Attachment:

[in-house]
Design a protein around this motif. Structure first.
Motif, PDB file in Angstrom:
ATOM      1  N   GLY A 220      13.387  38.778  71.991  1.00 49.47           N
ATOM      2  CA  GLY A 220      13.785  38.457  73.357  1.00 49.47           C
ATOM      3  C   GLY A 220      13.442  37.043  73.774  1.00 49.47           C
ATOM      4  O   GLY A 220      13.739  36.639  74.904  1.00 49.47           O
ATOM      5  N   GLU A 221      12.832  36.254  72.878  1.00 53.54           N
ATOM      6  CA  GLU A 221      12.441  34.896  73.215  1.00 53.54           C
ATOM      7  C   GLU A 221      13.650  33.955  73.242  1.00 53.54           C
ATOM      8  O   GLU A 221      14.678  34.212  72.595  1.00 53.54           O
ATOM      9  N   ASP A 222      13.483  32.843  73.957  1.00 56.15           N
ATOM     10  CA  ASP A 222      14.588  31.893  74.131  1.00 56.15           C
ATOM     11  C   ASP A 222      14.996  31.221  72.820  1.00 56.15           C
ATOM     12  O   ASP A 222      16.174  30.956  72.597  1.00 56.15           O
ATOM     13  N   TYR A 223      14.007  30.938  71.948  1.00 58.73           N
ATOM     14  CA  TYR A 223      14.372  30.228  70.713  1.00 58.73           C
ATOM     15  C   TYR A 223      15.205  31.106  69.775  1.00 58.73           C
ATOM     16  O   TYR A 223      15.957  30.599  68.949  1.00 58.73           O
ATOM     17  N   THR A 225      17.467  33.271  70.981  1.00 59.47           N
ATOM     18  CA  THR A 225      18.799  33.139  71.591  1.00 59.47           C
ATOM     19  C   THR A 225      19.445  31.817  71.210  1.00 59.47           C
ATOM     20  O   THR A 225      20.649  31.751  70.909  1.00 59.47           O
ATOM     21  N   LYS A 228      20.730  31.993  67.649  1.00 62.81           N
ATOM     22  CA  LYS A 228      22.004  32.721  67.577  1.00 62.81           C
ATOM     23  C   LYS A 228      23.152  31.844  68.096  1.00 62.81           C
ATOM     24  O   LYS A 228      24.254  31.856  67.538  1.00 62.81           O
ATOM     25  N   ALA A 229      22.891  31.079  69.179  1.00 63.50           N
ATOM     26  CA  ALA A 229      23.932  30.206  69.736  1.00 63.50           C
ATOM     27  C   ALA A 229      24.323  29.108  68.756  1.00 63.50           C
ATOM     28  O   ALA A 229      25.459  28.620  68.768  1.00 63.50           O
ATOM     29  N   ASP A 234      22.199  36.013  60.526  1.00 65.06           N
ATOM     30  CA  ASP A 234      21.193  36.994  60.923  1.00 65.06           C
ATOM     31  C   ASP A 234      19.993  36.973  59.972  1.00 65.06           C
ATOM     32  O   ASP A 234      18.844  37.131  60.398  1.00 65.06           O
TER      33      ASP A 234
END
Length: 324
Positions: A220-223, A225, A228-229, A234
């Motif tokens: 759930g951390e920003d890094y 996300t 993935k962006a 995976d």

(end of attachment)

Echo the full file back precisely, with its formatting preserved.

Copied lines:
[in-house]
Design a protein around this motif. Structure first.
Motif, PDB file in Angstrom:
ATOM      1  N   GLY A 220      13.387  38.778  71.991  1.00 49.47           N
ATOM      2  CA  GLY A 220      13.785  38.457  73.357  1.00 49.47           C
ATOM      3  C   GLY A 220      13.442  37.043  73.774  1.00 49.47           C
ATOM      4  O   GLY A 220      13.739  36.639  74.904  1.00 49.47           O
ATOM      5  N   GLU A 221      12.832  36.254  72.878  1.00 53.54           N
ATOM      6  CA  GLU A 221      12.441  34.896  73.215  1.00 53.54           C
ATOM      7  C   GLU A 221      13.650  33.955  73.242  1.00 53.54           C
ATOM      8  O   GLU A 221      14.678  34.212  72.595  1.00 53.54           O
ATOM      9  N   ASP A 222      13.483  32.843  73.957  1.00 56.15           N
ATOM     10  CA  ASP A 222      14.588  31.893  74.131  1.00 56.15           C
ATOM     11  C   ASP A 222      14.996  31.221  72.820  1.00 56.15           C
ATOM     12  O   ASP A 222      16.174  30.956  72.597  1.00 56.15           O
ATOM     13  N   TYR A 223      14.007  30.938  71.948  1.00 58.73           N
ATOM     14  CA  TYR A 223      14.372  30.228  70.713  1.00 58.73           C
ATOM     15  C   TYR A 223      15.205  31.106  69.775  1.00 58.73           C
ATOM     16  O   TYR A 223      15.957  30.599  68.949  1.00 58.73           O
ATOM     17  N   THR A 225      17.467  33.271  70.981  1.00 59.47           N
ATOM     18  CA  THR A 225      18.799  33.139  71.591  1.00 59.47           C
ATOM     19  C   THR A 225      19.445  31.817  71.210  1.00 59.47           C
ATOM     20  O   THR A 225      20.649  31.751  70.909  1.00 59.47           O
ATOM     21  N   LYS A 228      20.730  31.993  67.649  1.00 62.81           N
ATOM     22  CA  LYS A 228      22.004  32.721  67.577  1.00 62.81           C
ATOM     23  C   LYS A 228      23.152  31.844  68.096  1.00 62.81           C
ATOM     24  O   LYS A 228      24.254  31.856  67.538  1.00 62.81           O
ATOM     25  N   ALA A 229      22.891  31.079  69.179  1.00 63.50           N
ATOM     26  CA  ALA A 229      23.932  30.206  69.736  1.00 63.50           C
ATOM     27  C   ALA A 229      24.323  29.108  68.756  1.00 63.50           C
ATOM     28  O   ALA A 229      25.459  28.620  68.768  1.00 63.50           O
ATOM     29  N   ASP A 234      22.199  36.013  60.526  1.00 65.06           N
ATOM     30  CA  ASP A 234      21.193  36.994  60.923  1.00 65.06           C
ATOM     31  C   ASP A 234      19.993  36.973  59.972  1.00 65.06           C
ATOM     32  O   ASP A 234      18.844  37.131  60.398  1.00 65.06           O
TER      33      ASP A 234
END
Length: 324
Positions: A220-223, A225, A228-229, A234
């Motif tokens: 759930g951390e920003d890094y 996300t 993935k962006a 995976d």